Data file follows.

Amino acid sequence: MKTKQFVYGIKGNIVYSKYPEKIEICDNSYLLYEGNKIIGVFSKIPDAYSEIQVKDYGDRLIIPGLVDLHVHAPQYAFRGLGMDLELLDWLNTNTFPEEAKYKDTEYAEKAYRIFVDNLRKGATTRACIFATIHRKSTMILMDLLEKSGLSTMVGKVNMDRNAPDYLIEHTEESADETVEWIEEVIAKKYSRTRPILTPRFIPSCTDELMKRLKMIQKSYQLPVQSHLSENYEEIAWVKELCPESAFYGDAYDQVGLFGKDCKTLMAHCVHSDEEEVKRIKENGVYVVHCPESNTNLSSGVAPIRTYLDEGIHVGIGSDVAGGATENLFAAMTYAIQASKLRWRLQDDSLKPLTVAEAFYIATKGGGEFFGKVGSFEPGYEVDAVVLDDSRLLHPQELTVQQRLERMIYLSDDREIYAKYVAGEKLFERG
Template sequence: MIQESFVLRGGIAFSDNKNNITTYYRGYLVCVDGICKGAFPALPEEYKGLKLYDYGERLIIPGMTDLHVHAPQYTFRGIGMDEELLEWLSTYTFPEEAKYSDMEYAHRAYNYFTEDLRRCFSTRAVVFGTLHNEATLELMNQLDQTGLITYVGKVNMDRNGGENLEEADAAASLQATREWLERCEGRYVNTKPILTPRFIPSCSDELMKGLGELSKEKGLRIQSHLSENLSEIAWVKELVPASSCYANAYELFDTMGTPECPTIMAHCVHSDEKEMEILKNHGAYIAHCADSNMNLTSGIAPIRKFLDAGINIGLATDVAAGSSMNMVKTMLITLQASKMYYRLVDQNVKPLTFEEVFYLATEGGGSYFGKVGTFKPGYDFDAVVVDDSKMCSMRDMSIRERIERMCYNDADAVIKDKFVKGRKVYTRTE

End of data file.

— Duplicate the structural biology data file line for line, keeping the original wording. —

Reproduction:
Amino acid sequence: MKTKQFVYGIKGNIVYSKYPEKIEICDNSYLLYEGNKIIGVFSKIPDAYSEIQVKDYGDRLIIPGLVDLHVHAPQYAFRGLGMDLELLDWLNTNTFPEEAKYKDTEYAEKAYRIFVDNLRKGATTRACIFATIHRKSTMILMDLLEKSGLSTMVGKVNMDRNAPDYLIEHTEESADETVEWIEEVIAKKYSRTRPILTPRFIPSCTDELMKRLKMIQKSYQLPVQSHLSENYEEIAWVKELCPESAFYGDAYDQVGLFGKDCKTLMAHCVHSDEEEVKRIKENGVYVVHCPESNTNLSSGVAPIRTYLDEGIHVGIGSDVAGGATENLFAAMTYAIQASKLRWRLQDDSLKPLTVAEAFYIATKGGGEFFGKVGSFEPGYEVDAVVLDDSRLLHPQELTVQQRLERMIYLSDDREIYAKYVAGEKLFERG
Template sequence: MIQESFVLRGGIAFSDNKNNITTYYRGYLVCVDGICKGAFPALPEEYKGLKLYDYGERLIIPGMTDLHVHAPQYTFRGIGMDEELLEWLSTYTFPEEAKYSDMEYAHRAYNYFTEDLRRCFSTRAVVFGTLHNEATLELMNQLDQTGLITYVGKVNMDRNGGENLEEADAAASLQATREWLERCEGRYVNTKPILTPRFIPSCSDELMKGLGELSKEKGLRIQSHLSENLSEIAWVKELVPASSCYANAYELFDTMGTPECPTIMAHCVHSDEKEMEILKNHGAYIAHCADSNMNLTSGIAPIRKFLDAGINIGLATDVAAGSSMNMVKTMLITLQASKMYYRLVDQNVKPLTFEEVFYLATEGGGSYFGKVGTFKPGYDFDAVVVDDSKMCSMRDMSIRERIERMCYNDADAVIKDKFVKGRKVYTRTE